Welcome to The Game Shelf!

After getting into the board game hobby at the end of 2014, we've decided to share our thoughts on the games we're collecting on our shelves. The collection has certainly expanded over the last few years and we've been making up for lost time!

Sometimes our opinions differ, so Amy will be posting reviews every Tuesday and Fi will post on Thursdays. We hope you enjoy reading some of our opinions on board games - especially those for two players.

Get in touch by emailing thegameshelfblog@gmail.com

Sunday, 9 December 2018

The Game Shelf Reviews:- King's Forge

Game: King's Forge

Publisher: Starling Games

Designer: Nick Sibicky

Year: 2014

A new third edition of King's Forge was just released by Starling Games. It's a game that has received a lot of support through at least four Kickstarter campaigns for new editions and expansions, but it has only recently caught our attention. We've had the chance to play the latest edition, along with 'Gold', the newest expansion.

King's Forge is a 2-4 player game of pool building, dice allocation and set collection, in which players are blacksmiths racing to be the first to craft a number of wondrous items to please the King. Through a series of gathering and crafting actions you'll start to gain access to more precious materials to allow you to compete in making the most ornate items to suit the King's ever more demanding whims!

Thursday, 6 December 2018

Thoughts from the Yellow Meeple:- Gunkimono

Game: Gunkimono

Publisher: Renegade Game Studios

Designer: Jeffrey D. Allers

Year: 2018

Gunkimono is a re implementation of Heartland - a Pegasus Spiele title from 2009. We actually tried Heartland at a board game day earlier this year and really enjoyed it, so we were excited to see the announcement of an updated edition. Heartland's theme was farming and it had a very generic boring box cover and uninspiring overall look. Gunkimono changes the theme to Japanese samurais, which gives a more exciting box cover, but isn't a theme with instant appeal for us, nor does it particularly make thematic sense for a tile laying and stacking game.

With that said, we're still super glad that a reprint has made the game more available and we were looking forward to the chance to play some more. let's see how the game plays.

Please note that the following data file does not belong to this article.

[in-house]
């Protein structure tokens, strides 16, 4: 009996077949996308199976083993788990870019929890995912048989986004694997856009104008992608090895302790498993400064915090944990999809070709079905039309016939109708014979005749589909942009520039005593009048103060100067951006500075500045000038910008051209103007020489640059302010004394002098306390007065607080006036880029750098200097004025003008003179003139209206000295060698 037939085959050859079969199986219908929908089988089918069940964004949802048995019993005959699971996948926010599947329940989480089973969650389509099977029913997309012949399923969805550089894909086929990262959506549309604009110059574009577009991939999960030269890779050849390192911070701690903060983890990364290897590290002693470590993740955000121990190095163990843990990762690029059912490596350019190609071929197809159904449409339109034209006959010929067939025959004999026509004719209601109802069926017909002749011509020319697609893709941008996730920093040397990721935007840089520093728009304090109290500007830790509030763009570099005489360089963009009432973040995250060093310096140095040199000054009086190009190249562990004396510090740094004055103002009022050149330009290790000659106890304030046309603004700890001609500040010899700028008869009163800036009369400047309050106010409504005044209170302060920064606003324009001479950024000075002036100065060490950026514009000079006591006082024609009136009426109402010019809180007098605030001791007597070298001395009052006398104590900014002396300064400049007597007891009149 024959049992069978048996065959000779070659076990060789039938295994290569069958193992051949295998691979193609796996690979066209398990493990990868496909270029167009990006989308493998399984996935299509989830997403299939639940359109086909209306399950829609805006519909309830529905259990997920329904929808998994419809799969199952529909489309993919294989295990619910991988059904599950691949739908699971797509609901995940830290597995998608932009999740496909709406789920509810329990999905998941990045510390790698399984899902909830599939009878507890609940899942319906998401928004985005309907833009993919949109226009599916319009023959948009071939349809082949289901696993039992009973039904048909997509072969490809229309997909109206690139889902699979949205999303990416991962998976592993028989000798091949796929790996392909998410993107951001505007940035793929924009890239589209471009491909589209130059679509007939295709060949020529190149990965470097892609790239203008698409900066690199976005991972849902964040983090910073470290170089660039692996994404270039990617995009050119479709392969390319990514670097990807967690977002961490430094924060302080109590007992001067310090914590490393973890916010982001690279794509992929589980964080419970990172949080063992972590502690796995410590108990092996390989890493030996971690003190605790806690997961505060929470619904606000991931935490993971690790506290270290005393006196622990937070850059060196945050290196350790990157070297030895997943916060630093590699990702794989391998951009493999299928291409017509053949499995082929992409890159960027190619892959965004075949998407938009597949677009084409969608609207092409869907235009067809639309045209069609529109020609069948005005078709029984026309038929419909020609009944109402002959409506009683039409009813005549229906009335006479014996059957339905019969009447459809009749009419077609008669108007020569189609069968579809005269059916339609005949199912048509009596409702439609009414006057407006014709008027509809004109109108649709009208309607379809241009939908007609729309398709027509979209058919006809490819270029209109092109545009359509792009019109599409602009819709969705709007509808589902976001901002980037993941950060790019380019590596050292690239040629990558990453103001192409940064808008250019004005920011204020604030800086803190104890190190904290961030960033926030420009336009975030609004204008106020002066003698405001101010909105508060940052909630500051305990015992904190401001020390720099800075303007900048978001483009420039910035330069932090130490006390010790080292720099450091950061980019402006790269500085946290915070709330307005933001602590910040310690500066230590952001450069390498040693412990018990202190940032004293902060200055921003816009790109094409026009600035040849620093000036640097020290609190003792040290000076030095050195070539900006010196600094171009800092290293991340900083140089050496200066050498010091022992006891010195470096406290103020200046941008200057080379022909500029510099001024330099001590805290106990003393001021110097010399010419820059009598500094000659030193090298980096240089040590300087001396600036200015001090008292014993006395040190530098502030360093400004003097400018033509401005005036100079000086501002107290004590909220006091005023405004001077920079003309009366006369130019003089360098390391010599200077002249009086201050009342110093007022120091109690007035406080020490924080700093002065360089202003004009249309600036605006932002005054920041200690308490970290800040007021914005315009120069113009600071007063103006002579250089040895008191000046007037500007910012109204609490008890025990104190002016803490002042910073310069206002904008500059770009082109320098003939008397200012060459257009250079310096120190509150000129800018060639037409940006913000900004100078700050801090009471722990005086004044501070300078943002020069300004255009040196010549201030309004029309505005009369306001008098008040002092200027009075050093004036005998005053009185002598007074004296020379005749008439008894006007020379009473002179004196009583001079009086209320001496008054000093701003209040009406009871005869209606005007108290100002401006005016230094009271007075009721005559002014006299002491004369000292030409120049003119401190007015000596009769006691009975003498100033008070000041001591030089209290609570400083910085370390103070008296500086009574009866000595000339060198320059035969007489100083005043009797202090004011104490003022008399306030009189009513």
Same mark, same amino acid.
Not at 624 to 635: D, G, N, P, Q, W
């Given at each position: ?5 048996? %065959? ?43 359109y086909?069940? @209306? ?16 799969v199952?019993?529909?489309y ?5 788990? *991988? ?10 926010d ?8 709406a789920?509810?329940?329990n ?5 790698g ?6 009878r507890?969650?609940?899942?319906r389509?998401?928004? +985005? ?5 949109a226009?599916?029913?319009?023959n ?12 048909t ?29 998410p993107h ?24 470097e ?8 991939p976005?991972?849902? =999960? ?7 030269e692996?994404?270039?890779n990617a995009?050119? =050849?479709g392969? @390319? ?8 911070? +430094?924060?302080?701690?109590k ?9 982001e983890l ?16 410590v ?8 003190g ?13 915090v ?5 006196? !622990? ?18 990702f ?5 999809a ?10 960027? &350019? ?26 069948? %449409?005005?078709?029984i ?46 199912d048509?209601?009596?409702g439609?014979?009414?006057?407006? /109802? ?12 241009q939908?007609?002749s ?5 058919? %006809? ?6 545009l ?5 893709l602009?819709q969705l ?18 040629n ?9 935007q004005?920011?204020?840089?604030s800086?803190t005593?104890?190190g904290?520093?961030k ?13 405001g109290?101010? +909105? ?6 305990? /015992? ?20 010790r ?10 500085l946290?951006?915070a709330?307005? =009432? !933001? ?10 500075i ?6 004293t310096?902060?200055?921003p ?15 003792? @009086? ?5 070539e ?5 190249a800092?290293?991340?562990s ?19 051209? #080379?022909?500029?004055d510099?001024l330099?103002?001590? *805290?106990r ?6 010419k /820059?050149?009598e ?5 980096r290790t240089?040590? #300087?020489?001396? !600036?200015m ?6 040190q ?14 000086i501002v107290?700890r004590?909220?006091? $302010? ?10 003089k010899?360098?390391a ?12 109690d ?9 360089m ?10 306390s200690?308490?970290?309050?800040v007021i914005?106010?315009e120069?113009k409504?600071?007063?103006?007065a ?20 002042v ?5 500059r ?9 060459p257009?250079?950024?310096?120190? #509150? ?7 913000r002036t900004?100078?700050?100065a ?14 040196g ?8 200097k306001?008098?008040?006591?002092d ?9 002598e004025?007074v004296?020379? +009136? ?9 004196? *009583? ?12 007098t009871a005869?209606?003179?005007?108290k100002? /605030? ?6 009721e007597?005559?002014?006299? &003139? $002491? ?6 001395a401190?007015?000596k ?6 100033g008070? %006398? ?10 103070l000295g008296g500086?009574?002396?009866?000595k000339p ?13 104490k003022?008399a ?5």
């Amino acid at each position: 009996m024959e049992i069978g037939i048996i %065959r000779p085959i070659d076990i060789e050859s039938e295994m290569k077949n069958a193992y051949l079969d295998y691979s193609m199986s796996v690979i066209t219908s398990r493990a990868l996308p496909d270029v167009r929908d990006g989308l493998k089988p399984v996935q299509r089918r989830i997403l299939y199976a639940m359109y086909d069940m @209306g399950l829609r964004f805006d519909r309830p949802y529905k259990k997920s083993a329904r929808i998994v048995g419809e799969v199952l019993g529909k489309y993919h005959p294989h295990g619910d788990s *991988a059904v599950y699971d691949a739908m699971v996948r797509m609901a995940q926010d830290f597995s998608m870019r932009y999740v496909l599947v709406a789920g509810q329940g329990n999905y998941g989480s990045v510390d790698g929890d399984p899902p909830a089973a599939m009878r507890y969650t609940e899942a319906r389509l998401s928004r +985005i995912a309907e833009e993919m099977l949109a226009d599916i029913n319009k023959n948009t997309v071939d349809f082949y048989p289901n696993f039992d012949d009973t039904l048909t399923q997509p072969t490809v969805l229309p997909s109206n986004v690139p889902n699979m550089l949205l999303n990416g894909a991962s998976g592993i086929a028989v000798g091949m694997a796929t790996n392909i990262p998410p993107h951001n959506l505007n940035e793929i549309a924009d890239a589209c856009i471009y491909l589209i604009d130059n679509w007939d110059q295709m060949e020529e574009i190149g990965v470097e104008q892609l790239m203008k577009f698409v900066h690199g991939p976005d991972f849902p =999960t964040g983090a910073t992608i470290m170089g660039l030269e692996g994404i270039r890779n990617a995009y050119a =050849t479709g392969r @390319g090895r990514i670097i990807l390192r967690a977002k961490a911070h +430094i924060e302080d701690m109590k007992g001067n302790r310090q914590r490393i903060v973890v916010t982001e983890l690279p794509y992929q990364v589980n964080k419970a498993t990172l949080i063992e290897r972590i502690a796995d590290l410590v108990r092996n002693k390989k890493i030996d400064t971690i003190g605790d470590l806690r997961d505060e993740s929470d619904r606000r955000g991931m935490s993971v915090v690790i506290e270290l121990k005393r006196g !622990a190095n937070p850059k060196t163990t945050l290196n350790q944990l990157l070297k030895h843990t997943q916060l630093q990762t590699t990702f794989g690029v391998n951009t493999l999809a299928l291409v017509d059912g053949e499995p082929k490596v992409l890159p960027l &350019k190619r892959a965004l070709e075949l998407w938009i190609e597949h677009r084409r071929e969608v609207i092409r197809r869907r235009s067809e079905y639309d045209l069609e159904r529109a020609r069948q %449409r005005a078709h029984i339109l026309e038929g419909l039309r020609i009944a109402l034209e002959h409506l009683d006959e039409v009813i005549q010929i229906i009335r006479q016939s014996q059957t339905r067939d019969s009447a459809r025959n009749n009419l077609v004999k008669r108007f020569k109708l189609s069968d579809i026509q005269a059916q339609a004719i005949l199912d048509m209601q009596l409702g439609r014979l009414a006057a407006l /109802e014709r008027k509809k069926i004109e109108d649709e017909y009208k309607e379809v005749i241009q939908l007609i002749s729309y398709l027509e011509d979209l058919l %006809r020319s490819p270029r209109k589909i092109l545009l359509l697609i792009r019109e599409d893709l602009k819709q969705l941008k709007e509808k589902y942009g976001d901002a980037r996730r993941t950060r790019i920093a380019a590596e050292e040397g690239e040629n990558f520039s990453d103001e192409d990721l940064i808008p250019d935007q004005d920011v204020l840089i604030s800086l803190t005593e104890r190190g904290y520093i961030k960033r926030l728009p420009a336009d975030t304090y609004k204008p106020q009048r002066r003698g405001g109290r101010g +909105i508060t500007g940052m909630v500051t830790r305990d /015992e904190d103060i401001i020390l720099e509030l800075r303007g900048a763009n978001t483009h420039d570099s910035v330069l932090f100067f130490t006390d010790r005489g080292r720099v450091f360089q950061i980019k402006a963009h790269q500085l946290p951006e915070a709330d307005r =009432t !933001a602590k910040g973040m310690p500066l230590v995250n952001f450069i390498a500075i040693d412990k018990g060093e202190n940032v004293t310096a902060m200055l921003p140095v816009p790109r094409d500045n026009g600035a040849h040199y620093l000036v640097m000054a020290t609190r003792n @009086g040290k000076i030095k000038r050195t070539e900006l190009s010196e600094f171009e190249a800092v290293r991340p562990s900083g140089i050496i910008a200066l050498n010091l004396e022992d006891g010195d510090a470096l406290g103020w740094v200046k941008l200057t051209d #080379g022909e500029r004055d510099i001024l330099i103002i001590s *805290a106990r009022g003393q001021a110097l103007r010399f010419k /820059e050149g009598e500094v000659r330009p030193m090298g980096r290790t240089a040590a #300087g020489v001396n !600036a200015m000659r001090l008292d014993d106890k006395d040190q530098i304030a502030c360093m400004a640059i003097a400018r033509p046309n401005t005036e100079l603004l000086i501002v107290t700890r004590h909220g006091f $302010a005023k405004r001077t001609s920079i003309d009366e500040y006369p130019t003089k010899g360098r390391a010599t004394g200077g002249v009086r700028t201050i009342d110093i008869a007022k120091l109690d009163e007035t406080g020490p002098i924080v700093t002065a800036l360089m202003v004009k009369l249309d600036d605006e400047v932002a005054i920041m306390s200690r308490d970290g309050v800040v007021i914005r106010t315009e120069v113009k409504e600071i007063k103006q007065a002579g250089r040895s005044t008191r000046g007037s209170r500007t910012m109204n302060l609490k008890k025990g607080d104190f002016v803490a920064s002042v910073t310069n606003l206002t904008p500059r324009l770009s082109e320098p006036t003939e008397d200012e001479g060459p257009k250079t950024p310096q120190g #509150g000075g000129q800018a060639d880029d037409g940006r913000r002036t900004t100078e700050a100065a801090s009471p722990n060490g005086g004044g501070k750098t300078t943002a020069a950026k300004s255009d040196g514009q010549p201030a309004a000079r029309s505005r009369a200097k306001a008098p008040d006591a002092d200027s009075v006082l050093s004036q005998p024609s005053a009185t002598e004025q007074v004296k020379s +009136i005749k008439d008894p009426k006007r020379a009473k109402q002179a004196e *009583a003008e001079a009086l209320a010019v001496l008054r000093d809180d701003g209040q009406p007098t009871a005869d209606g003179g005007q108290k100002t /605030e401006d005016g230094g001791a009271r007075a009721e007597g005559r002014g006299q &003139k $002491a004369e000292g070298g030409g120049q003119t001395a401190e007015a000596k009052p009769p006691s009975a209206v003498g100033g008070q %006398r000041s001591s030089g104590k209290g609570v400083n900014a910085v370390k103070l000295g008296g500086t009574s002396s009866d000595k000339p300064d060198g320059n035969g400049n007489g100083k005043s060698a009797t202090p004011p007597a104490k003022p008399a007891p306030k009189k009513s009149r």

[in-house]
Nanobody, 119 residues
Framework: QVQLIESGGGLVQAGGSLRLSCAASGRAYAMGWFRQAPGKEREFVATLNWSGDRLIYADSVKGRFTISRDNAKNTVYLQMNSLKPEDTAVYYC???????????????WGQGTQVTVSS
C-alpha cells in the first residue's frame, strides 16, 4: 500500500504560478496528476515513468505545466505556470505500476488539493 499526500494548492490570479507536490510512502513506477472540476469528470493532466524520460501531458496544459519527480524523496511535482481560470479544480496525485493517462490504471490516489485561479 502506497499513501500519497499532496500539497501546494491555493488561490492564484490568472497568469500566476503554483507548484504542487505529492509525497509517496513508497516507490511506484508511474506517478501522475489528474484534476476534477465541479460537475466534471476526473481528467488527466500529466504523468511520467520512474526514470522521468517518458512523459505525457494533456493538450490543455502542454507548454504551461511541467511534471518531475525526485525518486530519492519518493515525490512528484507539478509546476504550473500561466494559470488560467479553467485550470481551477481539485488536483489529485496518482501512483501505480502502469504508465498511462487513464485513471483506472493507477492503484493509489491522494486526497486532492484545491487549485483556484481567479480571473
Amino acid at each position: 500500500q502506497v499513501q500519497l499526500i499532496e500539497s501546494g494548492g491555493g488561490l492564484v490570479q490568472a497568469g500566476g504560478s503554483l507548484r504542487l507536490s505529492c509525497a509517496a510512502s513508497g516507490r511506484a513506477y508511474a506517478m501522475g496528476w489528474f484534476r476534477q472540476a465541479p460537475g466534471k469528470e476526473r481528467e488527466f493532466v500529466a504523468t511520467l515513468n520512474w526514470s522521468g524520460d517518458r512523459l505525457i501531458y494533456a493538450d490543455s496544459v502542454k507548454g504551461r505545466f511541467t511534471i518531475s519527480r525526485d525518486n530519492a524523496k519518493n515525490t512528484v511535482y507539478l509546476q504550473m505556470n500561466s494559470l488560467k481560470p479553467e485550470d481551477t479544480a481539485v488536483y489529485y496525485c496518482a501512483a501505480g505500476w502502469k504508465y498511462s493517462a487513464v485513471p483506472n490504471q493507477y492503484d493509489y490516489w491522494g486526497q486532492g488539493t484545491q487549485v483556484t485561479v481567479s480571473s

Tuesday, 4 December 2018

Do-Re-Mi-Bushi-do:- Gunkimono

Game: Gunkimono

Publisher: Renegade Game Studios

Designer: Jeffrey D. Allers

Year: 2018

Gunkimino is a 2-5 player tile laying game in which you seek to build the largest army of warriors and conquer feudal Japan. It's a remake of Heartland, a game about farming, which begs the question: is war more appealing than potatoes? You'll manage your troops by laying tiles onto a puzzle board and then choose to either harness them for honour or for points, finding the proper balance between honourable actions and outright war is important to win.

On your turn you will place one of 3 tiles from your hand. The tiles are reminiscent of dominoes with 2 separate coloured sections on them. The rules for tile placement are fairly lax; you must place on a level ground (though you can manipulate this a little) and you cannot cover up a colour with the same colour. After placement you get a choice for each colour on your tile, either gain the number of honour points on the tile or you gain points equal to the number of squares of that colour that are now touching. The honor track is split into 5 for the 5 colours and each column is a race to the top where bonus points sit waiting. However should you get enough honor on all 5 tracks then you earn a fort.

Monday, 3 December 2018

The Game Shelf Reviews:- Planet

Game: Planet

Publisher: Blue Orange Games

Designer: Urtis Ĺ ulinskas

Year: 2018

Blue Orange Games publish games that range from simple kids games to some timeless family classics, such as Kingdomino and New York 1901. Planet falls into that family category, with it's amazing table appeal and simple gameplay.

We first spotted Planet at Tabletop Gaming Live convention in London where it was such a popular demo that we never got a seat at the table! That's certainly testament to it's visual presence and accessibility.

In Planet, you are presented with dodecahedrons with magnetic faces, and a bunch of magnet tiles. Over the course of the game, you'll cover your empty planet with twelve pentagonal tiles, showing five potential types of terrain. With this unique appearance, the game could easily be dismissed as a gimmick in the tile-laying world, but what does Planet have to offer in terms of gameplay?